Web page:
Sabbaticals versus FODA

[The finale of our three part series on Sabbaticals versus the FOs (MO/BO/DA): Entrepreneur and The Sabbatical Project founder DJ DiDonna explains how taking sabbaticals helps to counteract the forces of FODA. Based on first-of-its-kind research on non-academics who have taken extended leave from routine work, DiDonna shares how his findings take on the FOs.]


If the only constant in life is change, why is it so hard to do? One of the things which make FOMO and FOBO so difficult is our general aversion to disrupting our routine life. Taking a sabbatical—extended time off routine work for a purpose—can seem risky, expensive, and logistically impossible. But, as we covered in the last two posts, sabbaticals give us tools to fight FOMO and FOBO because we gain a deeper understanding of who we are, in addition to who else we long to be. 


But what if you’re stuck, either afraid to make a change, or so burned out that the idea of changing feels too difficult? Then you’ve got FODA—the Fear Of Doing Anything. 


The good news is that our research shows that sabbaticals can help with FODA as well. Extended time off gives people three tools to manage change: self-confidence, risk tolerance, and general wellbeing. To learn more, let’s meet Amelia.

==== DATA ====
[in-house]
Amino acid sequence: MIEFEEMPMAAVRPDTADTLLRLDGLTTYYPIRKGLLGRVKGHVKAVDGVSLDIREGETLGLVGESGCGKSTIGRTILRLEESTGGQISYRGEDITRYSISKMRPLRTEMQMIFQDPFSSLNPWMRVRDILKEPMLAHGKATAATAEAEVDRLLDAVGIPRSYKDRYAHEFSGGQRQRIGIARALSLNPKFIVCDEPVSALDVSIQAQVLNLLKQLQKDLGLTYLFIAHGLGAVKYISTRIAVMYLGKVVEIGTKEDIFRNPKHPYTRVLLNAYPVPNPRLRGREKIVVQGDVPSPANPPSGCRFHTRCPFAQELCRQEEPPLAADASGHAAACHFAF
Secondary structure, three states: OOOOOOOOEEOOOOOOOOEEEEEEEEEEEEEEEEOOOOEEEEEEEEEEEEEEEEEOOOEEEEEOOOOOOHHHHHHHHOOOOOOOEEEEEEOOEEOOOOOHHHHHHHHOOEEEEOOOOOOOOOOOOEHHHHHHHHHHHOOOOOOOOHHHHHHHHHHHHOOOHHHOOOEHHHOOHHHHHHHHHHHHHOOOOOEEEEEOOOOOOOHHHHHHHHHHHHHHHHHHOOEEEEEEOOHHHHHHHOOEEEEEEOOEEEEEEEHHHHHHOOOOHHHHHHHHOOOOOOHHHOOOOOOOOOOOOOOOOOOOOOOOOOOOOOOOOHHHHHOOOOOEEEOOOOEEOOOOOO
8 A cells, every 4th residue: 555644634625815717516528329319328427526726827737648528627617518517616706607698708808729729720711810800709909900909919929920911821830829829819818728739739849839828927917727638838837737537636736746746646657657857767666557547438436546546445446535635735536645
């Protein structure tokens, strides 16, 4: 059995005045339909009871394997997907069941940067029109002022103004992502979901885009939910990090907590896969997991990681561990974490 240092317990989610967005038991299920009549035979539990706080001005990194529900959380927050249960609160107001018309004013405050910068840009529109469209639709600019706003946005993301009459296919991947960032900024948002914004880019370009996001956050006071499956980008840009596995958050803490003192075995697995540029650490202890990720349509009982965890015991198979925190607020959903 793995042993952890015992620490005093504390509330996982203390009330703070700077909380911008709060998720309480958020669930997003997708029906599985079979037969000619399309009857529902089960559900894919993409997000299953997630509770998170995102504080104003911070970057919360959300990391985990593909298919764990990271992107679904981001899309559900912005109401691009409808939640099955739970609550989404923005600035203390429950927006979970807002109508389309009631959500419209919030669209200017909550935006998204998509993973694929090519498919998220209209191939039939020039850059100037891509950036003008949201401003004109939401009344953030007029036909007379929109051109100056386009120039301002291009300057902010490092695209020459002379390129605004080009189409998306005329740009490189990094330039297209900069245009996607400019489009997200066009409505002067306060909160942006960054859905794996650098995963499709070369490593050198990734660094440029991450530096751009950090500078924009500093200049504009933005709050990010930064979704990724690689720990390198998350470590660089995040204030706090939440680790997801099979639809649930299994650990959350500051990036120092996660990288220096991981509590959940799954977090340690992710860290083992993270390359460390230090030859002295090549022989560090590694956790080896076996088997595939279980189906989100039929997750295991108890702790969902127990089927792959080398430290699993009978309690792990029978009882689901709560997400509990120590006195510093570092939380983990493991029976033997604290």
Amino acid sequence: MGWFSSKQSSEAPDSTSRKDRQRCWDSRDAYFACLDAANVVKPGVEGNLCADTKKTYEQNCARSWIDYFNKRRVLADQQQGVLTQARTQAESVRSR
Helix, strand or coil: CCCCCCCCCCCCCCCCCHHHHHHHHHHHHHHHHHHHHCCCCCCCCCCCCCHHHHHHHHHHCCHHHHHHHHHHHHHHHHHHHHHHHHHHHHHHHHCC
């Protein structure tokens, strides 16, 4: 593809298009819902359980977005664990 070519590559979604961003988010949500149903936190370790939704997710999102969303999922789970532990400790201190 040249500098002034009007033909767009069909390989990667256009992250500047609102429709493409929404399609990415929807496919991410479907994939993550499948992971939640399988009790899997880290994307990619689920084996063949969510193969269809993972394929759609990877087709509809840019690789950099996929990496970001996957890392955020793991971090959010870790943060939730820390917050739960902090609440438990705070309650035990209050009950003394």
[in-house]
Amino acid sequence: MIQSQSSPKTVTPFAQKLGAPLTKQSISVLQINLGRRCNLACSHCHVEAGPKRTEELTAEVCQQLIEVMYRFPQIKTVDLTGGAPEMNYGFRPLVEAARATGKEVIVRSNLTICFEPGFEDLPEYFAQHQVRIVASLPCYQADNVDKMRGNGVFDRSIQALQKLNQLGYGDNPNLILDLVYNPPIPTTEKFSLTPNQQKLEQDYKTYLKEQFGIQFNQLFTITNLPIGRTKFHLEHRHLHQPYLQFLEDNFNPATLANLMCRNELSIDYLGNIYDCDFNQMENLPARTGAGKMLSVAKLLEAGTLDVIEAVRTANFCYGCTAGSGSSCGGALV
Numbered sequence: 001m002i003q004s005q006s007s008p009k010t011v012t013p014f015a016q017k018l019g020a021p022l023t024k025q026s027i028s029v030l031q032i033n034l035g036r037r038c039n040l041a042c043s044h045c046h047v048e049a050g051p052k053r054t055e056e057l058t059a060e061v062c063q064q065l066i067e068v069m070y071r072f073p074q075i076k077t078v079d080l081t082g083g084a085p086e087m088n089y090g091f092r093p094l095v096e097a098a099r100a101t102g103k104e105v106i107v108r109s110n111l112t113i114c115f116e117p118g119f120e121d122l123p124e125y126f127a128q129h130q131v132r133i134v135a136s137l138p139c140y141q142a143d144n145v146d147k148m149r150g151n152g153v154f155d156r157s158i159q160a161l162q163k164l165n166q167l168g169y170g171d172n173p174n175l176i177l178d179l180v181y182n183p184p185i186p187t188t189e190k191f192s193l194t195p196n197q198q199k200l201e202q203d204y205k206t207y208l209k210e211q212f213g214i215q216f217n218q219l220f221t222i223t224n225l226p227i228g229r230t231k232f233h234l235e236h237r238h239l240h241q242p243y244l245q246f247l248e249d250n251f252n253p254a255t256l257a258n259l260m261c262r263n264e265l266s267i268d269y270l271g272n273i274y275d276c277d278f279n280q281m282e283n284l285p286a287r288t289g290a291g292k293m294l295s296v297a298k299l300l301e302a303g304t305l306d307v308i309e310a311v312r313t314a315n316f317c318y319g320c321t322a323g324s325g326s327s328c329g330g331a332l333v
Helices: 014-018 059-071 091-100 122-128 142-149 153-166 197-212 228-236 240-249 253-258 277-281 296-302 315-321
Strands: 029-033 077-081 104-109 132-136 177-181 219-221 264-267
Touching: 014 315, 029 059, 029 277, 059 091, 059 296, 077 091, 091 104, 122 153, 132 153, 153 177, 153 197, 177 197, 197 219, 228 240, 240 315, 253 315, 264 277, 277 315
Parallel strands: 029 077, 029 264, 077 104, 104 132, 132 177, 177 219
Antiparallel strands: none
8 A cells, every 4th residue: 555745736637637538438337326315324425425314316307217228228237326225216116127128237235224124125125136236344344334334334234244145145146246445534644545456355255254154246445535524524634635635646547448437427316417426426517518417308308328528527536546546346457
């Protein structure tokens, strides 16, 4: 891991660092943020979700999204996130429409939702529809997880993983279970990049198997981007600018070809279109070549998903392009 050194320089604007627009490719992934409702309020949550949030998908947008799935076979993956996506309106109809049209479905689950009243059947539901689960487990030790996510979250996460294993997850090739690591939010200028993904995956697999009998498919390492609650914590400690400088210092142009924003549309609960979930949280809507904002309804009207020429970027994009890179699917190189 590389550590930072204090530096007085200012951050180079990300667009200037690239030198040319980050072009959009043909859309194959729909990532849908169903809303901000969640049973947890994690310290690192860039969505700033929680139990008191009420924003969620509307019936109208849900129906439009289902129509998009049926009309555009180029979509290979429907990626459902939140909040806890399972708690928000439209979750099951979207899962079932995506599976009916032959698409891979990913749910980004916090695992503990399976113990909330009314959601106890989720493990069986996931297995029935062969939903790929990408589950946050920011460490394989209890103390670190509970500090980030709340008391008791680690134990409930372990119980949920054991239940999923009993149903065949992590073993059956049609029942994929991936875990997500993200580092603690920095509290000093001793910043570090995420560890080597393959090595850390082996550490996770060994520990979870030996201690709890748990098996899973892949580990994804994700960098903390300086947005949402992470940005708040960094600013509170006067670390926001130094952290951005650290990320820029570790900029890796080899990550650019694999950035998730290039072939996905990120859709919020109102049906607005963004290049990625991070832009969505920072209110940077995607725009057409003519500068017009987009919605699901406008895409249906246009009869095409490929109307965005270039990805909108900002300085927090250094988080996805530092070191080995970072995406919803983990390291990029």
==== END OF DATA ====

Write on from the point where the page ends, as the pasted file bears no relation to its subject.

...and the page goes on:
Amelia and FODA


By her late twenties, Amelia had her dream job. She’d gotten a graduate degree in public policy and a coveted internship in Africa, which helped her land a position with a prestigious research lab. Within two years, she was promoted to become the only non-academic managing the research team. 


But five years in, she was miserable. She felt overworked, underpaid, and worst of all, as the only non-PhD in her office, underappreciated. But was afraid to make a change; she couldn’t imagine leaving—it was her dream job after all— but asking for promotion and raise felt too risky. She was paralyzed and afraid to make a move.


On the personal side, though, things were going great: she’d fallen in love and was busy planning their wedding with her partner. As they began to dream about their honeymoon, her fiance floated a crazy idea—how about instead of a short trip, they take off six months, and make it a monstermoon? Much to her surprise, when Amelia proposed the idea to her bosses, they agreed. She had no idea how they would manage in her absence, let alone if she could bear to return, but off she went.




People generally dislike change. Change is uncomfortable and uncertain. But change is a human constant: we grow old, our children transform before our eyes, and we die. Moreover, the pace of change is accelerating. Most of us will change jobs at least a dozen times over the course of our lives. The technology sector leads all others in employee turnover: the average tech worker at the most coveted jobs in the country – Google, Facebook, Uber – leave around their second anniversary.